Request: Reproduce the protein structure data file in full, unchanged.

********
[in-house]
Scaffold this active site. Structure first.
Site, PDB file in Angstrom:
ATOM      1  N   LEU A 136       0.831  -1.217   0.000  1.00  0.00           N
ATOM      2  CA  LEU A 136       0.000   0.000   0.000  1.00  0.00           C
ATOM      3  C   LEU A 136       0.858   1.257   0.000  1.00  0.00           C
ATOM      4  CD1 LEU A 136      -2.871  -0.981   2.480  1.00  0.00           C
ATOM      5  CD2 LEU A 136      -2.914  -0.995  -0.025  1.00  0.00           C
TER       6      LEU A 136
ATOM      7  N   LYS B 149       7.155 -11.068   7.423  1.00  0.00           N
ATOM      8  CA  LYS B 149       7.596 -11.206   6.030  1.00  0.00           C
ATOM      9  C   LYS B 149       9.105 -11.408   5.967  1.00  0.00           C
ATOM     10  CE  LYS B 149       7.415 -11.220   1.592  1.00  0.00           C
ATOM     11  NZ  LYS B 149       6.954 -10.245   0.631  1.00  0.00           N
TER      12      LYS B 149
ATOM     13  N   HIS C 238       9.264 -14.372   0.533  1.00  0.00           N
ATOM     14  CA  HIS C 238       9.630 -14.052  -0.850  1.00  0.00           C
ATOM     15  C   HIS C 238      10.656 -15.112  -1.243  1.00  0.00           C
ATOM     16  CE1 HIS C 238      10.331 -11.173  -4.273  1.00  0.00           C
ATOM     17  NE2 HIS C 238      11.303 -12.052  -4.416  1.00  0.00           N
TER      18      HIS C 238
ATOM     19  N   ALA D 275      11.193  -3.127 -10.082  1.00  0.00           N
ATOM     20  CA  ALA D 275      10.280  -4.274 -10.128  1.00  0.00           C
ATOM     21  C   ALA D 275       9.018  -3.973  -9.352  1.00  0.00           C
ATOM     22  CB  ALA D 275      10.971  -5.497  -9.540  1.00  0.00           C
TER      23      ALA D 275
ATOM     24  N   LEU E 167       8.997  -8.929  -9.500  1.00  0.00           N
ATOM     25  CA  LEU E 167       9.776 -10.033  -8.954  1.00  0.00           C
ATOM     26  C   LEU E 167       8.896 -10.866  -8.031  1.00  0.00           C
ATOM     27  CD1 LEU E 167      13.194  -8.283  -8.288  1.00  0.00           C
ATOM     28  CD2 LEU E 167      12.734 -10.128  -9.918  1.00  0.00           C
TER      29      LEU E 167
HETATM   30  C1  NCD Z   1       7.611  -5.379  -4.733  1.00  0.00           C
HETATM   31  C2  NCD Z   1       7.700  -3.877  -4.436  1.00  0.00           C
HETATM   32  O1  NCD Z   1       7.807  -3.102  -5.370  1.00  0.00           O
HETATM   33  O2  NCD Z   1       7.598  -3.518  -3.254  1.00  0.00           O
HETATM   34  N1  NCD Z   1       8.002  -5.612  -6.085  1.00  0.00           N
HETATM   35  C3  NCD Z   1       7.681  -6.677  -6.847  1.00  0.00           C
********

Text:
[in-house]
Scaffold this active site. Structure first.
Site, PDB file in Angstrom:
ATOM      1  N   LEU A 136       0.831  -1.217   0.000  1.00  0.00           N
ATOM      2  CA  LEU A 136       0.000   0.000   0.000  1.00  0.00           C
ATOM      3  C   LEU A 136       0.858   1.257   0.000  1.00  0.00           C
ATOM      4  CD1 LEU A 136      -2.871  -0.981   2.480  1.00  0.00           C
ATOM      5  CD2 LEU A 136      -2.914  -0.995  -0.025  1.00  0.00           C
TER       6      LEU A 136
ATOM      7  N   LYS B 149       7.155 -11.068   7.423  1.00  0.00           N
ATOM      8  CA  LYS B 149       7.596 -11.206   6.030  1.00  0.00           C
ATOM      9  C   LYS B 149       9.105 -11.408   5.967  1.00  0.00           C
ATOM     10  CE  LYS B 149       7.415 -11.220   1.592  1.00  0.00           C
ATOM     11  NZ  LYS B 149       6.954 -10.245   0.631  1.00  0.00           N
TER      12      LYS B 149
ATOM     13  N   HIS C 238       9.264 -14.372   0.533  1.00  0.00           N
ATOM     14  CA  HIS C 238       9.630 -14.052  -0.850  1.00  0.00           C
ATOM     15  C   HIS C 238      10.656 -15.112  -1.243  1.00  0.00           C
ATOM     16  CE1 HIS C 238      10.331 -11.173  -4.273  1.00  0.00           C
ATOM     17  NE2 HIS C 238      11.303 -12.052  -4.416  1.00  0.00           N
TER      18      HIS C 238
ATOM     19  N   ALA D 275      11.193  -3.127 -10.082  1.00  0.00           N
ATOM     20  CA  ALA D 275      10.280  -4.274 -10.128  1.00  0.00           C
ATOM     21  C   ALA D 275       9.018  -3.973  -9.352  1.00  0.00           C
ATOM     22  CB  ALA D 275      10.971  -5.497  -9.540  1.00  0.00           C
TER      23      ALA D 275
ATOM     24  N   LEU E 167       8.997  -8.929  -9.500  1.00  0.00           N
ATOM     25  CA  LEU E 167       9.776 -10.033  -8.954  1.00  0.00           C
ATOM     26  C   LEU E 167       8.896 -10.866  -8.031  1.00  0.00           C
ATOM     27  CD1 LEU E 167      13.194  -8.283  -8.288  1.00  0.00           C
ATOM     28  CD2 LEU E 167      12.734 -10.128  -9.918  1.00  0.00           C
TER      29      LEU E 167
HETATM   30  C1  NCD Z   1       7.611  -5.379  -4.733  1.00  0.00           C
HETATM   31  C2  NCD Z   1       7.700  -3.877  -4.436  1.00  0.00           C
HETATM   32  O1  NCD Z   1       7.807  -3.102  -5.370  1.00  0.00           O
HETATM   33  O2  NCD Z   1       7.598  -3.518  -3.254  1.00  0.00           O
HETATM   34  N1  NCD Z   1       8.002  -5.612  -6.085  1.00  0.00           N
HETATM   35  C3  NCD Z   1       7.681  -6.677  -6.847  1.00  0.00           C